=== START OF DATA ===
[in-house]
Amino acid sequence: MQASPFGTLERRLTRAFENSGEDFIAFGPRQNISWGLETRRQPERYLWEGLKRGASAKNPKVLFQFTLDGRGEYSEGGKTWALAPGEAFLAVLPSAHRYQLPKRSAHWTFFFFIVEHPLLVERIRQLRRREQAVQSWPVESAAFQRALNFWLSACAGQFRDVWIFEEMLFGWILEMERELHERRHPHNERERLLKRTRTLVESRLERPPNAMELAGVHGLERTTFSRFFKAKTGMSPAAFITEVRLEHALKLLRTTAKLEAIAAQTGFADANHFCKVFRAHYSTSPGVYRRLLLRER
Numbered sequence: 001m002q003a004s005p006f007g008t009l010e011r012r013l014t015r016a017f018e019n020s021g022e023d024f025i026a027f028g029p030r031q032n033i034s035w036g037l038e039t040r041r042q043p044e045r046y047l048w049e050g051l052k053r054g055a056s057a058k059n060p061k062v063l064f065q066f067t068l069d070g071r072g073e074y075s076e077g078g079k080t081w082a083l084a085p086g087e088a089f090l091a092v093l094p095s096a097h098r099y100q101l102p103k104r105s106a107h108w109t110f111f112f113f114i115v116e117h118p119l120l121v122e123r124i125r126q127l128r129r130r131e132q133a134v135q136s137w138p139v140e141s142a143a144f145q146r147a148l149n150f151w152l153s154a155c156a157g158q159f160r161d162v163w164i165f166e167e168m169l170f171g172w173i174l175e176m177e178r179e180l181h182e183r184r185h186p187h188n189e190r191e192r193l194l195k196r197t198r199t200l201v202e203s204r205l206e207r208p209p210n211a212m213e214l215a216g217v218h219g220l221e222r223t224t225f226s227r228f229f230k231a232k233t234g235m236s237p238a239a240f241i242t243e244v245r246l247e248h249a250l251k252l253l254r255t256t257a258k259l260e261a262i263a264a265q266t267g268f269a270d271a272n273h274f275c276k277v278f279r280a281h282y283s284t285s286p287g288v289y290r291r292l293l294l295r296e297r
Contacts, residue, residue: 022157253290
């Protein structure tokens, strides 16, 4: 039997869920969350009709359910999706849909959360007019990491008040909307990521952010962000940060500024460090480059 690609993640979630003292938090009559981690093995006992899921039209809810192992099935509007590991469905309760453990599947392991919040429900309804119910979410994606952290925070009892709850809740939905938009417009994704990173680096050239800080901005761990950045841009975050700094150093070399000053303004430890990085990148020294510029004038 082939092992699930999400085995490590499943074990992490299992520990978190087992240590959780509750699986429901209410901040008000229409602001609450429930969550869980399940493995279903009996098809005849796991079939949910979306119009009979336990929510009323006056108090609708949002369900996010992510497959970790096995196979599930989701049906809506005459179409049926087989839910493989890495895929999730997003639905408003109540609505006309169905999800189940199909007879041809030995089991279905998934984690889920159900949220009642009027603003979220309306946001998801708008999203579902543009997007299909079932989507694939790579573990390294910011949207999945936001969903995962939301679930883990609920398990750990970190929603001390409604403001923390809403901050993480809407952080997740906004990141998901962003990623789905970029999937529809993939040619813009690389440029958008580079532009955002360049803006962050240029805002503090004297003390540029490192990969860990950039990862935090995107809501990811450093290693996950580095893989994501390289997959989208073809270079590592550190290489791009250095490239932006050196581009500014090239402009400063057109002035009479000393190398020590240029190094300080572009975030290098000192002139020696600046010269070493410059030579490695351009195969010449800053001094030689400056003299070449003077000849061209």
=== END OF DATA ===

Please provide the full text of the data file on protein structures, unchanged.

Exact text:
[in-house]
Amino acid sequence: MQASPFGTLERRLTRAFENSGEDFIAFGPRQNISWGLETRRQPERYLWEGLKRGASAKNPKVLFQFTLDGRGEYSEGGKTWALAPGEAFLAVLPSAHRYQLPKRSAHWTFFFFIVEHPLLVERIRQLRRREQAVQSWPVESAAFQRALNFWLSACAGQFRDVWIFEEMLFGWILEMERELHERRHPHNERERLLKRTRTLVESRLERPPNAMELAGVHGLERTTFSRFFKAKTGMSPAAFITEVRLEHALKLLRTTAKLEAIAAQTGFADANHFCKVFRAHYSTSPGVYRRLLLRER
Numbered sequence: 001m002q003a004s005p006f007g008t009l010e011r012r013l014t015r016a017f018e019n020s021g022e023d024f025i026a027f028g029p030r031q032n033i034s035w036g037l038e039t040r041r042q043p044e045r046y047l048w049e050g051l052k053r054g055a056s057a058k059n060p061k062v063l064f065q066f067t068l069d070g071r072g073e074y075s076e077g078g079k080t081w082a083l084a085p086g087e088a089f090l091a092v093l094p095s096a097h098r099y100q101l102p103k104r105s106a107h108w109t110f111f112f113f114i115v116e117h118p119l120l121v122e123r124i125r126q127l128r129r130r131e132q133a134v135q136s137w138p139v140e141s142a143a144f145q146r147a148l149n150f151w152l153s154a155c156a157g158q159f160r161d162v163w164i165f166e167e168m169l170f171g172w173i174l175e176m177e178r179e180l181h182e183r184r185h186p187h188n189e190r191e192r193l194l195k196r197t198r199t200l201v202e203s204r205l206e207r208p209p210n211a212m213e214l215a216g217v218h219g220l221e222r223t224t225f226s227r228f229f230k231a232k233t234g235m236s237p238a239a240f241i242t243e244v245r246l247e248h249a250l251k252l253l254r255t256t257a258k259l260e261a262i263a264a265q266t267g268f269a270d271a272n273h274f275c276k277v278f279r280a281h282y283s284t285s286p287g288v289y290r291r292l293l294l295r296e297r
Contacts, residue, residue: 022157253290
């Protein structure tokens, strides 16, 4: 039997869920969350009709359910999706849909959360007019990491008040909307990521952010962000940060500024460090480059 690609993640979630003292938090009559981690093995006992899921039209809810192992099935509007590991469905309760453990599947392991919040429900309804119910979410994606952290925070009892709850809740939905938009417009994704990173680096050239800080901005761990950045841009975050700094150093070399000053303004430890990085990148020294510029004038 082939092992699930999400085995490590499943074990992490299992520990978190087992240590959780509750699986429901209410901040008000229409602001609450429930969550869980399940493995279903009996098809005849796991079939949910979306119009009979336990929510009323006056108090609708949002369900996010992510497959970790096995196979599930989701049906809506005459179409049926087989839910493989890495895929999730997003639905408003109540609505006309169905999800189940199909007879041809030995089991279905998934984690889920159900949220009642009027603003979220309306946001998801708008999203579902543009997007299909079932989507694939790579573990390294910011949207999945936001969903995962939301679930883990609920398990750990970190929603001390409604403001923390809403901050993480809407952080997740906004990141998901962003990623789905970029999937529809993939040619813009690389440029958008580079532009955002360049803006962050240029805002503090004297003390540029490192990969860990950039990862935090995107809501990811450093290693996950580095893989994501390289997959989208073809270079590592550190290489791009250095490239932006050196581009500014090239402009400063057109002035009479000393190398020590240029190094300080572009975030290098000192002139020696600046010269070493410059030579490695351009195969010449800053001094030689400056003299070449003077000849061209």